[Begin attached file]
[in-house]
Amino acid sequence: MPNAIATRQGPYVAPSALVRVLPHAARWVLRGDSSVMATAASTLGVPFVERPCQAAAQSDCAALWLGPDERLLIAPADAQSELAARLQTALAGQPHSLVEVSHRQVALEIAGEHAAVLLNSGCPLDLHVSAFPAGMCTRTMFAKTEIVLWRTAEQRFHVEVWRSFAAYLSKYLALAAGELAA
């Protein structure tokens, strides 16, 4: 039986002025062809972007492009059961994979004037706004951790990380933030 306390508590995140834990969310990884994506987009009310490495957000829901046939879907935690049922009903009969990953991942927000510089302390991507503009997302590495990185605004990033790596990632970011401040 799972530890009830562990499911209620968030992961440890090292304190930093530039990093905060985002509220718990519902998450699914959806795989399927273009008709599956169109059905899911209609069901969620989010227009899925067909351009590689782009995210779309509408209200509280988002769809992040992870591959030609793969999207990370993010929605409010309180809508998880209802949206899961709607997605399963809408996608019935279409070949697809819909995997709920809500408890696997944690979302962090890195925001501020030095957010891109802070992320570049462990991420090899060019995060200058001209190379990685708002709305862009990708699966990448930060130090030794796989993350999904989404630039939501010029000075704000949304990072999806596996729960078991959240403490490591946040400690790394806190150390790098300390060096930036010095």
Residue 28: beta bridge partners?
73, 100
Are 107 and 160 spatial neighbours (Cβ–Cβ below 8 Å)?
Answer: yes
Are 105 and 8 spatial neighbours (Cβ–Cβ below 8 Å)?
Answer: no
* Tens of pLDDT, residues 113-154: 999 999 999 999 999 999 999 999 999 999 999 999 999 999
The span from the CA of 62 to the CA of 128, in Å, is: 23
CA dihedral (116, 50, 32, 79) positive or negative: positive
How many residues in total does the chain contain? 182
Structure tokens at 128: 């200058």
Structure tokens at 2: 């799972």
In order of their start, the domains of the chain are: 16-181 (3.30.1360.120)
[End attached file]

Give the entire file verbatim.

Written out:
[in-house]
Amino acid sequence: MPNAIATRQGPYVAPSALVRVLPHAARWVLRGDSSVMATAASTLGVPFVERPCQAAAQSDCAALWLGPDERLLIAPADAQSELAARLQTALAGQPHSLVEVSHRQVALEIAGEHAAVLLNSGCPLDLHVSAFPAGMCTRTMFAKTEIVLWRTAEQRFHVEVWRSFAAYLSKYLALAAGELAA
């Protein structure tokens, strides 16, 4: 039986002025062809972007492009059961994979004037706004951790990380933030 306390508590995140834990969310990884994506987009009310490495957000829901046939879907935690049922009903009969990953991942927000510089302390991507503009997302590495990185605004990033790596990632970011401040 799972530890009830562990499911209620968030992961440890090292304190930093530039990093905060985002509220718990519902998450699914959806795989399927273009008709599956169109059905899911209609069901969620989010227009899925067909351009590689782009995210779309509408209200509280988002769809992040992870591959030609793969999207990370993010929605409010309180809508998880209802949206899961709607997605399963809408996608019935279409070949697809819909995997709920809500408890696997944690979302962090890195925001501020030095957010891109802070992320570049462990991420090899060019995060200058001209190379990685708002709305862009990708699966990448930060130090030794796989993350999904989404630039939501010029000075704000949304990072999806596996729960078991959240403490490591946040400690790394806190150390790098300390060096930036010095």
Residue 28: beta bridge partners?
73, 100
Are 107 and 160 spatial neighbours (Cβ–Cβ below 8 Å)?
Answer: yes
Are 105 and 8 spatial neighbours (Cβ–Cβ below 8 Å)?
Answer: no
* Tens of pLDDT, residues 113-154: 999 999 999 999 999 999 999 999 999 999 999 999 999 999
The span from the CA of 62 to the CA of 128, in Å, is: 23
CA dihedral (116, 50, 32, 79) positive or negative: positive
How many residues in total does the chain contain? 182
Structure tokens at 128: 């200058």
Structure tokens at 2: 């799972």
In order of their start, the domains of the chain are: 16-181 (3.30.1360.120)